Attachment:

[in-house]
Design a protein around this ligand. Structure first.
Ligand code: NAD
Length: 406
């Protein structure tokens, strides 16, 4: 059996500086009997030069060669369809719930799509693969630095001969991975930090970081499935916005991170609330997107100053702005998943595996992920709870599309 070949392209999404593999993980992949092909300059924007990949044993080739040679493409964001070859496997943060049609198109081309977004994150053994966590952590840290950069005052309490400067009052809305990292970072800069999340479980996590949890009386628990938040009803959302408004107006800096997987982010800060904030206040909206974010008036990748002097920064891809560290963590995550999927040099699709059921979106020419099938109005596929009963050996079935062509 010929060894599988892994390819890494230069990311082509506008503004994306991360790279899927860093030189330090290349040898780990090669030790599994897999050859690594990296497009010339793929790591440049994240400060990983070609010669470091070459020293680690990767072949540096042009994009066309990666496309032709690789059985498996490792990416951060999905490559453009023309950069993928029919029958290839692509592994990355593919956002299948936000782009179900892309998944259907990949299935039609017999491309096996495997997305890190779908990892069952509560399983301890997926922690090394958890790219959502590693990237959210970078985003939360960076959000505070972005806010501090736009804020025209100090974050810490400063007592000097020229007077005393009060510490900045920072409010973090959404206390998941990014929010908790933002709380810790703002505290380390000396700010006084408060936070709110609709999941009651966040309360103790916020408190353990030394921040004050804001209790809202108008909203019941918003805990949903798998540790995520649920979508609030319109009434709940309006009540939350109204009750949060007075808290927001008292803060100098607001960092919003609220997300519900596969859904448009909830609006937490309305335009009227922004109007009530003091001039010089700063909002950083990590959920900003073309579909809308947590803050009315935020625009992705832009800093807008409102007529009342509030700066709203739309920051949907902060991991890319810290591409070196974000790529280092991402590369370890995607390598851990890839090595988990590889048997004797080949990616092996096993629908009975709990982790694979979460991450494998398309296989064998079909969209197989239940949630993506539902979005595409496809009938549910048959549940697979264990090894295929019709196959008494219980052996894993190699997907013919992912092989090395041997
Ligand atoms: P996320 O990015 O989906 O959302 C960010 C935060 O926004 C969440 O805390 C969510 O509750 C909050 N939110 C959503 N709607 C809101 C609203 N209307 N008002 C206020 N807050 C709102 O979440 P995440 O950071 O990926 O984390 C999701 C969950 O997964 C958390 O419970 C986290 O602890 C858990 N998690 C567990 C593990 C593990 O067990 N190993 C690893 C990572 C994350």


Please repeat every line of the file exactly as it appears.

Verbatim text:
[in-house]
Design a protein around this ligand. Structure first.
Ligand code: NAD
Length: 406
């Protein structure tokens, strides 16, 4: 059996500086009997030069060669369809719930799509693969630095001969991975930090970081499935916005991170609330997107100053702005998943595996992920709870599309 070949392209999404593999993980992949092909300059924007990949044993080739040679493409964001070859496997943060049609198109081309977004994150053994966590952590840290950069005052309490400067009052809305990292970072800069999340479980996590949890009386628990938040009803959302408004107006800096997987982010800060904030206040909206974010008036990748002097920064891809560290963590995550999927040099699709059921979106020419099938109005596929009963050996079935062509 010929060894599988892994390819890494230069990311082509506008503004994306991360790279899927860093030189330090290349040898780990090669030790599994897999050859690594990296497009010339793929790591440049994240400060990983070609010669470091070459020293680690990767072949540096042009994009066309990666496309032709690789059985498996490792990416951060999905490559453009023309950069993928029919029958290839692509592994990355593919956002299948936000782009179900892309998944259907990949299935039609017999491309096996495997997305890190779908990892069952509560399983301890997926922690090394958890790219959502590693990237959210970078985003939360960076959000505070972005806010501090736009804020025209100090974050810490400063007592000097020229007077005393009060510490900045920072409010973090959404206390998941990014929010908790933002709380810790703002505290380390000396700010006084408060936070709110609709999941009651966040309360103790916020408190353990030394921040004050804001209790809202108008909203019941918003805990949903798998540790995520649920979508609030319109009434709940309006009540939350109204009750949060007075808290927001008292803060100098607001960092919003609220997300519900596969859904448009909830609006937490309305335009009227922004109007009530003091001039010089700063909002950083990590959920900003073309579909809308947590803050009315935020625009992705832009800093807008409102007529009342509030700066709203739309920051949907902060991991890319810290591409070196974000790529280092991402590369370890995607390598851990890839090595988990590889048997004797080949990616092996096993629908009975709990982790694979979460991450494998398309296989064998079909969209197989239940949630993506539902979005595409496809009938549910048959549940697979264990090894295929019709196959008494219980052996894993190699997907013919992912092989090395041997
Ligand atoms: P996320 O990015 O989906 O959302 C960010 C935060 O926004 C969440 O805390 C969510 O509750 C909050 N939110 C959503 N709607 C809101 C609203 N209307 N008002 C206020 N807050 C709102 O979440 P995440 O950071 O990926 O984390 C999701 C969950 O997964 C958390 O419970 C986290 O602890 C858990 N998690 C567990 C593990 C593990 O067990 N190993 C690893 C990572 C994350």